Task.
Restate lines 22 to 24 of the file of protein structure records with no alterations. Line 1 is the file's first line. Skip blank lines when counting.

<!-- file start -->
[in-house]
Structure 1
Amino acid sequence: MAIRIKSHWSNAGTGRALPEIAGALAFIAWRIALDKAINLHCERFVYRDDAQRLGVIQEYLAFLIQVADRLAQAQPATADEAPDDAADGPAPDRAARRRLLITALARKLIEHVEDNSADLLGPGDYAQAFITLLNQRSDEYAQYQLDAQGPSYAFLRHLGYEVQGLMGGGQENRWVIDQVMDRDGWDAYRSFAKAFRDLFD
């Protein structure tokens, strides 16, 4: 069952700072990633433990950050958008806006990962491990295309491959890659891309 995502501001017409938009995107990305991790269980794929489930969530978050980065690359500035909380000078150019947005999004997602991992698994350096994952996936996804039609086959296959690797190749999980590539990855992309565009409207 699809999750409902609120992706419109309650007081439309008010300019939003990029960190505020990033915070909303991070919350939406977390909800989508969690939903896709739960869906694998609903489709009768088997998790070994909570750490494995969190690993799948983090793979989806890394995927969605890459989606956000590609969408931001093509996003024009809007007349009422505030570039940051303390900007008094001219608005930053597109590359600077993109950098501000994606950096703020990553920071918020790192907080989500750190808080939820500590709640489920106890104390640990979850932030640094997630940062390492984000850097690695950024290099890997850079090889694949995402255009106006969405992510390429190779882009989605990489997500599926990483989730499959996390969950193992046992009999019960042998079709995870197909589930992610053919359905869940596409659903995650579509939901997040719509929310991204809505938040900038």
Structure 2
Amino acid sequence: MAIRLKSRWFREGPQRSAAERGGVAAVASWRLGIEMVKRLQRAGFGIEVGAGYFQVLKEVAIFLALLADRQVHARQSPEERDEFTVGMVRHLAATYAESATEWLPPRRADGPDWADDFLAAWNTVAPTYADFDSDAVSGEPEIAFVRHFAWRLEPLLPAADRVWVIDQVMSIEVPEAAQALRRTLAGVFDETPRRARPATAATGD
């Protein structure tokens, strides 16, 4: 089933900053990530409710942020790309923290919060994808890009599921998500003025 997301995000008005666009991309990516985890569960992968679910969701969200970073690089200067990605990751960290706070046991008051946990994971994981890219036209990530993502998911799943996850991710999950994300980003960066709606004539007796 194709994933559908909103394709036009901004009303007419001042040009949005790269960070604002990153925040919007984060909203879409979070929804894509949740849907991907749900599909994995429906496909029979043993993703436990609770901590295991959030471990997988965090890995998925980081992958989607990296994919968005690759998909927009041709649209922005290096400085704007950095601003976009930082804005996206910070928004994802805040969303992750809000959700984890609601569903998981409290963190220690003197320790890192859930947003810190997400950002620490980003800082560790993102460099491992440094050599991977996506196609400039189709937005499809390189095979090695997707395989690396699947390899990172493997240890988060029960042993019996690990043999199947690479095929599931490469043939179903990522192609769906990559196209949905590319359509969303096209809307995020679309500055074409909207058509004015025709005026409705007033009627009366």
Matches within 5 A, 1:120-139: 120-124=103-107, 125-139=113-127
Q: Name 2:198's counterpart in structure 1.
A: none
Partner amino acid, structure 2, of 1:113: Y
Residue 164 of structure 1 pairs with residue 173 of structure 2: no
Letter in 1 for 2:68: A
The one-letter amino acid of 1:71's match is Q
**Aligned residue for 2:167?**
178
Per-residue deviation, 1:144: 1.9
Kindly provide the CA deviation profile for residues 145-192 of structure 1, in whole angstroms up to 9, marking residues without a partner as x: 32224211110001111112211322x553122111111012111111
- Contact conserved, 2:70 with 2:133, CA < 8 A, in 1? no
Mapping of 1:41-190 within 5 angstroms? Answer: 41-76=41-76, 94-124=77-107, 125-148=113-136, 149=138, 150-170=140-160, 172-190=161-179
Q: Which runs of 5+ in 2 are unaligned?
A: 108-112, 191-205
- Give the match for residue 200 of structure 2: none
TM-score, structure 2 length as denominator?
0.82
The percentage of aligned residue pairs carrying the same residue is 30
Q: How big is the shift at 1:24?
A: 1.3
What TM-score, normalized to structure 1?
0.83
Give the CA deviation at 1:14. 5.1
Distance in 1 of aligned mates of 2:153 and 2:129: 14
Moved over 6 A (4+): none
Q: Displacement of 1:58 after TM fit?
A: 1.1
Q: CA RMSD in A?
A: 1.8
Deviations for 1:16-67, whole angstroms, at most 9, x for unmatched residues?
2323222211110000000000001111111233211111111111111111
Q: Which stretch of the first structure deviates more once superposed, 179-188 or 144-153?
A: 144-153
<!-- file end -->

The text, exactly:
A: 108-112, 191-205
- Give the match for residue 200 of structure 2: none
TM-score, structure 2 length as denominator?